Woman Around Town | December 1st, 2010 | Visit the original article online
There are six pieces of art that grace my office walls. Each piece, some element of me, made visible to all who enter. And each of my visitors can’t help but marvel at the warmth and soothing feeling of my office, its art–so enticingly comfortable. Some pieces hold a delicate balance between regal and familiar. Eloquence, as only the sense of sight should experience it. Should emotion, dreams, truth and understanding find pause, the product is Art by Nicole.
Her home studio, steps from her bedroom should the inspiration hit her mid-REM, is flooded by mid-morning, natural light streaming through the window. Easels, canvases, mattes, paper, spots of pencil clusters and brushes all around–a symphonic chaos that makes perfect sense. On the walls are works of a jazz influence–saxophonists and the like: Presumably an ode to her husband’s gift. In a corner beside the closet, there’s a mini version of her workstation. As she works, her budding, 4 year-old artist does so also. Admirable of her mother’s artistic air and completely at ease in her own artistic flow, Faith takes red crayon to notepad and starts her own abstractness that may be a drawing of a person, but who knows what it will blossom into.
Comparatively, Faith is starting out early: Her mom’s artistic birth began with trouble. In the fifth grade, Nicole was constantly reprimanded for doodling in class and not paying attention; and no matter how much trouble it brought her, she was unable to stop the doodling. A characteristic that her daughter also shares–in other ways. Nicole walks over to give her daughter more colors and makes her way back to her table, sits in her seat and eases it back enough to allow room of comfort for the other artist who is making his way into this world in late winter.
“It used to just be life and life experiences that motivated me, you know? How things make me feel and how I see those feelings. Now, I have bonus motivation in her,” she glances toward her daughter, “and now him,” she places a hand on her rounded belly. I look around her studio and flip through the book of prints in my hand, smiling at the visual responses to her emotions. This gift seems to flow from her so effortlessly–it sparked me to ask if she experienced blocks like I do (those maddening writer’s blocks that render me helpless and valueless). She does. I guess that’s just a way of life for the creative types. “I’ve never known a depression like that when it happens. Feels like there’s no life in me. Seeing myself, I don’t even look the same.”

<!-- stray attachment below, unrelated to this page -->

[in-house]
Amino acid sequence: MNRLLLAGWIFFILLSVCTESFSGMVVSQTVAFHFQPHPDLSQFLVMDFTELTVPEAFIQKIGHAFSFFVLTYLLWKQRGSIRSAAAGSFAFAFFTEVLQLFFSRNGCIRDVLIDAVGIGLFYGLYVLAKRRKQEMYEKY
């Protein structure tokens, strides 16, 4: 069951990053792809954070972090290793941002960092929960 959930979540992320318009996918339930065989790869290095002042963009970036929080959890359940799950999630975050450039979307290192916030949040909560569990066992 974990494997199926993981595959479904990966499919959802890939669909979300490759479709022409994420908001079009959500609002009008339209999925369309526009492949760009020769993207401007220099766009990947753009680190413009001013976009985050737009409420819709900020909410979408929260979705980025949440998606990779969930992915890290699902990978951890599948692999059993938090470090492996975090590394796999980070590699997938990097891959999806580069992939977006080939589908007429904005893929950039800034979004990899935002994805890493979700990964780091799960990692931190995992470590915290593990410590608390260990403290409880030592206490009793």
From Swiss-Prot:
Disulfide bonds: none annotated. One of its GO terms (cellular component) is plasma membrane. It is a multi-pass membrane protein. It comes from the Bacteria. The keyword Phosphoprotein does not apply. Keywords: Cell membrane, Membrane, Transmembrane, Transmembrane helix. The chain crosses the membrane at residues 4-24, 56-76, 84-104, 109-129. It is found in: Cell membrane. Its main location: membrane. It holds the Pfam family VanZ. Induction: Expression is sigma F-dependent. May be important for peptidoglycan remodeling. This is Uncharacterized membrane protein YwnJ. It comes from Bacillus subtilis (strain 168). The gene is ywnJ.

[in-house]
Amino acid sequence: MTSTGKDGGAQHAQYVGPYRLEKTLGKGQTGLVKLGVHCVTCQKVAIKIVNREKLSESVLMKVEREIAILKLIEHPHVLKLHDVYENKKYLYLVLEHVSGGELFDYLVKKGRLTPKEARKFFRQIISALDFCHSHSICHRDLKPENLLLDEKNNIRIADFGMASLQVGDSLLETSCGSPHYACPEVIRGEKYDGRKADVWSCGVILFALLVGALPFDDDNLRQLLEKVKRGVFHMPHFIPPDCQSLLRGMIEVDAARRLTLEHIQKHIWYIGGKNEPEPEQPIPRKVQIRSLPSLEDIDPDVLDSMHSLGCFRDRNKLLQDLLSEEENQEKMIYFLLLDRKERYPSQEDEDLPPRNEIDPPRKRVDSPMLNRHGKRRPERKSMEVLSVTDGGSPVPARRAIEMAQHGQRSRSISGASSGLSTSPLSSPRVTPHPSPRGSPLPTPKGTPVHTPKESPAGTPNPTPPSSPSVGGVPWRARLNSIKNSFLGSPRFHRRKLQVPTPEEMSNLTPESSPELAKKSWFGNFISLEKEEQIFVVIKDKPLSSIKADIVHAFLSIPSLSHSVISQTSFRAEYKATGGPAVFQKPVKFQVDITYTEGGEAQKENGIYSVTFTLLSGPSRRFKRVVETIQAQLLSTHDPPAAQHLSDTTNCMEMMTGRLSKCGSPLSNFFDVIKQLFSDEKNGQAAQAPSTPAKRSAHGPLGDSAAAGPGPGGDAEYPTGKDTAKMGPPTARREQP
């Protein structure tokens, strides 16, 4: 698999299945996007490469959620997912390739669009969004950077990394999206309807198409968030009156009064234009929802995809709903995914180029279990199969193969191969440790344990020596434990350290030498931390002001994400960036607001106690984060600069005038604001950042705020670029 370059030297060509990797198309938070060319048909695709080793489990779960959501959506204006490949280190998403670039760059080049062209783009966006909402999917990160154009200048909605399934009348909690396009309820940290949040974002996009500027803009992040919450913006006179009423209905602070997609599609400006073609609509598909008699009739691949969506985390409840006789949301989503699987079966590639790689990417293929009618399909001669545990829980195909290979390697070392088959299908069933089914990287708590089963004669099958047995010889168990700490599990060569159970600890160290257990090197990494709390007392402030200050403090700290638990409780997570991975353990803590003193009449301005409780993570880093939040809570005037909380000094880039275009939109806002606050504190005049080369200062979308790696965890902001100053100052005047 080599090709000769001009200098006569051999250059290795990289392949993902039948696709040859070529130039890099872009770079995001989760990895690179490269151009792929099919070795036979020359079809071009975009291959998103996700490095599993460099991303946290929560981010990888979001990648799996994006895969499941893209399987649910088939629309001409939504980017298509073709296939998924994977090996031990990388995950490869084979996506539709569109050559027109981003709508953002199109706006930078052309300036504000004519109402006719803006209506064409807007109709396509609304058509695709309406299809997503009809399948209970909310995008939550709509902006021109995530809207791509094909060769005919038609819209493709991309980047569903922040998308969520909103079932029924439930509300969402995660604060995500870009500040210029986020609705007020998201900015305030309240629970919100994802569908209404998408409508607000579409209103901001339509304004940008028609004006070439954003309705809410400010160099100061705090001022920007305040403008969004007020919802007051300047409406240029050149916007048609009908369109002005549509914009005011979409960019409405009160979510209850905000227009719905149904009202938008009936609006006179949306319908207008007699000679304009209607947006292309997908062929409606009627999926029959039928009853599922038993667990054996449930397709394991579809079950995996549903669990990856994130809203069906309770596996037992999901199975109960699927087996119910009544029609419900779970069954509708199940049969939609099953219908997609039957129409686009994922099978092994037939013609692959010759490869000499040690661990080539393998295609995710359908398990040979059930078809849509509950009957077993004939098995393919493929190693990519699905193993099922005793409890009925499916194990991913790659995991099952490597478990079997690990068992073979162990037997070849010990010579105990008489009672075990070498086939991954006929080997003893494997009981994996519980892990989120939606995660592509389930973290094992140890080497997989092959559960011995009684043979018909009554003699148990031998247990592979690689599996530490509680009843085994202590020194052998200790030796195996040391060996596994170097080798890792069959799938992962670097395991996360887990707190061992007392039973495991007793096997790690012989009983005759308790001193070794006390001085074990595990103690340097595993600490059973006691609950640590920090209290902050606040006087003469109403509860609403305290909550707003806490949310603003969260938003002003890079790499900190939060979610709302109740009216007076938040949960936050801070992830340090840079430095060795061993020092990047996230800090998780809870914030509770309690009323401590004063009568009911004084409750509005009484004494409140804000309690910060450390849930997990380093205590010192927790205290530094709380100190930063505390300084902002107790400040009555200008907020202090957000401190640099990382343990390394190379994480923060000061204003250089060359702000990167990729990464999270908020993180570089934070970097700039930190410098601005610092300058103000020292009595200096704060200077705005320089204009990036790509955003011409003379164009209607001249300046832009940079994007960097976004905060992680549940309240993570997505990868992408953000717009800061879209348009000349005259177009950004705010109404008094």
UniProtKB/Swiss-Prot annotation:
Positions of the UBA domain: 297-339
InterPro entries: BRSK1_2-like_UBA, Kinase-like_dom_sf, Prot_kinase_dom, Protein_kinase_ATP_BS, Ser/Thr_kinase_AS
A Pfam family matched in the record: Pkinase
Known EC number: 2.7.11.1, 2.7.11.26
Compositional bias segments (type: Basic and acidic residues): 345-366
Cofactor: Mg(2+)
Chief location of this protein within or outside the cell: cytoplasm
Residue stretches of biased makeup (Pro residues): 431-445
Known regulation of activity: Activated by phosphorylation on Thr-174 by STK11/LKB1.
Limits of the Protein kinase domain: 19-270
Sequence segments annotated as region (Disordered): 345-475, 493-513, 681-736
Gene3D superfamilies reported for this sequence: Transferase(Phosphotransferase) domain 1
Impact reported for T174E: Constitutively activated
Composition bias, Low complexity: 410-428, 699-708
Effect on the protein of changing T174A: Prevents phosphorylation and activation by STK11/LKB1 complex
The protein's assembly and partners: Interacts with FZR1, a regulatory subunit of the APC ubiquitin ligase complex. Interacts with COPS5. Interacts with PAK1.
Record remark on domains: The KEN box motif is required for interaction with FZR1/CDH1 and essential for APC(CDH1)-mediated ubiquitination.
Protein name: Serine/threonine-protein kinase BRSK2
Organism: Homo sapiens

It’s a good thing for us that such doesn’t come upon her often. Since graduating from Washington DC’s Duke Ellington School of the Arts in Georgetown where Nicole majored in Visual Arts, and completing coursework at New York’s Fashion Institute of Technology, Nicole has been completely about letting the world know how she sees things. She’s been featured in Sister to Sister magazine as well as the Prince George’s Post. She’s had prior showings at the Amber Tree Gallery at the National Harbor, the People’s Expo and the Congressional Black Caucus. She has an upcoming showing at the Key Gallery in Ft. Washington, MD and is regularly commissioned to do personal pieces by those who’ve witnessed and admired her work.
However, art showings, commissioned works and frozen, pictorial emotions that simply move her to canvas are not where the dream and drive ends. Nicole aspires to open up a gallery to celebrate unrecognized artists in the Washington DC metro area: A place in which she would also continue her volunteer work to encourage and cultivate the talent of young artists much like what she does at the Boys & Girls Clubs of Greater Washington. In addition to this, she’s looking for a broader audience expanding her commissioned work from individuals to include requests by corporations and non-profit organizations. “I definitely want more exposure. I would love to sell some of my pieces to the great restaurants that we have in the city, you know? Have some of my work hang in some of the major office spaces. I think it would be, like, a dream come true if I could do a mural somewhere downtown. That would be [sigh] nice. Really nice.”
Looking around her studio and thinking of the pieces that hang on my office walls–I’d have to agree. To have one of DC’s own color a part of the city with the heart of what she’s come to know and love as her existence. Her truth. Her motivation. Her sight. Yes, really nice.
Art by Nicole
Nicole Marrow Summers